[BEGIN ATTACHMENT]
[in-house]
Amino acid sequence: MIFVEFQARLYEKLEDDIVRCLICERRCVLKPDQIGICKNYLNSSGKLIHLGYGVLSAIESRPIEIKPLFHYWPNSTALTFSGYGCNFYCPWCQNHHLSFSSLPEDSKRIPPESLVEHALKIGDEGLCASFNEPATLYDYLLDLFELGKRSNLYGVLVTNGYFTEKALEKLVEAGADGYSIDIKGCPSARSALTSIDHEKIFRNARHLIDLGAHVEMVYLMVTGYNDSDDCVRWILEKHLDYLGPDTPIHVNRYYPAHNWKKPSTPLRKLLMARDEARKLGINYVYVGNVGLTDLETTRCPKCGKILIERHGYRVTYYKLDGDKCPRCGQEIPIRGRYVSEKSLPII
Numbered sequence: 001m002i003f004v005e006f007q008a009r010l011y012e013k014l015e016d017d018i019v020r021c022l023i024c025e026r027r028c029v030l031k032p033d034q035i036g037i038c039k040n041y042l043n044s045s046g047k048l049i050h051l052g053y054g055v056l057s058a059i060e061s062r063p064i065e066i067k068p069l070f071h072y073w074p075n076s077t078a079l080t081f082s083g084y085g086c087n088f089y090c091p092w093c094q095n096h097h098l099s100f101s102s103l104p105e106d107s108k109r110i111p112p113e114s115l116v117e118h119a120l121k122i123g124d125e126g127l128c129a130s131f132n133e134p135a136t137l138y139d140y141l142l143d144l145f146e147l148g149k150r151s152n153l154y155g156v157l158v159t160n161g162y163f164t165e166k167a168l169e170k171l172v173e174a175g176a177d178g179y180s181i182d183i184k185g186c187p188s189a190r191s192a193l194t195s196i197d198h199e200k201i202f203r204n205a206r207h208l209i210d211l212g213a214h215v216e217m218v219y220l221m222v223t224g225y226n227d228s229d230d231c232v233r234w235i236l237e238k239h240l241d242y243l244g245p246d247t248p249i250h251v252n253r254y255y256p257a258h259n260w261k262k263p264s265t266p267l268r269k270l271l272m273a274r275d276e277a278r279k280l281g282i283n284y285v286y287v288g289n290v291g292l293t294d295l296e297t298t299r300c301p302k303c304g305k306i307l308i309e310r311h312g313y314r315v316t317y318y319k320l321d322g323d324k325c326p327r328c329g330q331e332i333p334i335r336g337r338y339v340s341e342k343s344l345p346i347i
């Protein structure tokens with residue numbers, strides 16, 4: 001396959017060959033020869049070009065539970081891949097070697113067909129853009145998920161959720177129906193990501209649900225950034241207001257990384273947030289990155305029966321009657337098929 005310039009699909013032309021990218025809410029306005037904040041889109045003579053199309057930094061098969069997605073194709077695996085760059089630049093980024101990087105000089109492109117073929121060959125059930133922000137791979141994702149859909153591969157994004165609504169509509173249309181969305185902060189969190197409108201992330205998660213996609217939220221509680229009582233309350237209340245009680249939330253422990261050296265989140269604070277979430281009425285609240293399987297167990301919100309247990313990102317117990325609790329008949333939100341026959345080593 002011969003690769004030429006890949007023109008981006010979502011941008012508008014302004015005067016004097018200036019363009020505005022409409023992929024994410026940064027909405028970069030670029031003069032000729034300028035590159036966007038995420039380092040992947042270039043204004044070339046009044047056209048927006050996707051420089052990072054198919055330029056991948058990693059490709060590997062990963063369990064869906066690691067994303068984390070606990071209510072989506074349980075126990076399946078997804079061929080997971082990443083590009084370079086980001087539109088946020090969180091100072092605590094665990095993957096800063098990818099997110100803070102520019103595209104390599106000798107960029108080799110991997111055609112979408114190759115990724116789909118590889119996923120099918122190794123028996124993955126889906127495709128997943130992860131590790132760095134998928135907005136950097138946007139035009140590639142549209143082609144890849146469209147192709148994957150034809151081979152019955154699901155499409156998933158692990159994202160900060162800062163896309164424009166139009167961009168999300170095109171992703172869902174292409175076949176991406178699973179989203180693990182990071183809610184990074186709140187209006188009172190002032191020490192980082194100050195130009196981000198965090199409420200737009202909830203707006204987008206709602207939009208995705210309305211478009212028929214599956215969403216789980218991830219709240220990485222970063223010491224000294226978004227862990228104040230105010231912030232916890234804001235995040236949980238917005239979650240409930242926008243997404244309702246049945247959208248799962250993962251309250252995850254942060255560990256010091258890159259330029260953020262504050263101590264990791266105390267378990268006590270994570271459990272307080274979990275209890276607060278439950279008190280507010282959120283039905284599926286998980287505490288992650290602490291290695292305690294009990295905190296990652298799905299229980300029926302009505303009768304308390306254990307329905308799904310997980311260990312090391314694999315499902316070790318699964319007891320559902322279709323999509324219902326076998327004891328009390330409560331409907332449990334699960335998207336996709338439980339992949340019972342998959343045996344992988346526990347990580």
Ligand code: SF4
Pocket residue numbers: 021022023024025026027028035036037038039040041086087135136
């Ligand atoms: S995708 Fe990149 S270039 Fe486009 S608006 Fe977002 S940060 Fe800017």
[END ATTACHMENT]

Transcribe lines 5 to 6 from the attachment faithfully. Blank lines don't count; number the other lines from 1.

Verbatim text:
Ligand code: SF4
Pocket residue numbers: 021022023024025026027028035036037038039040041086087135136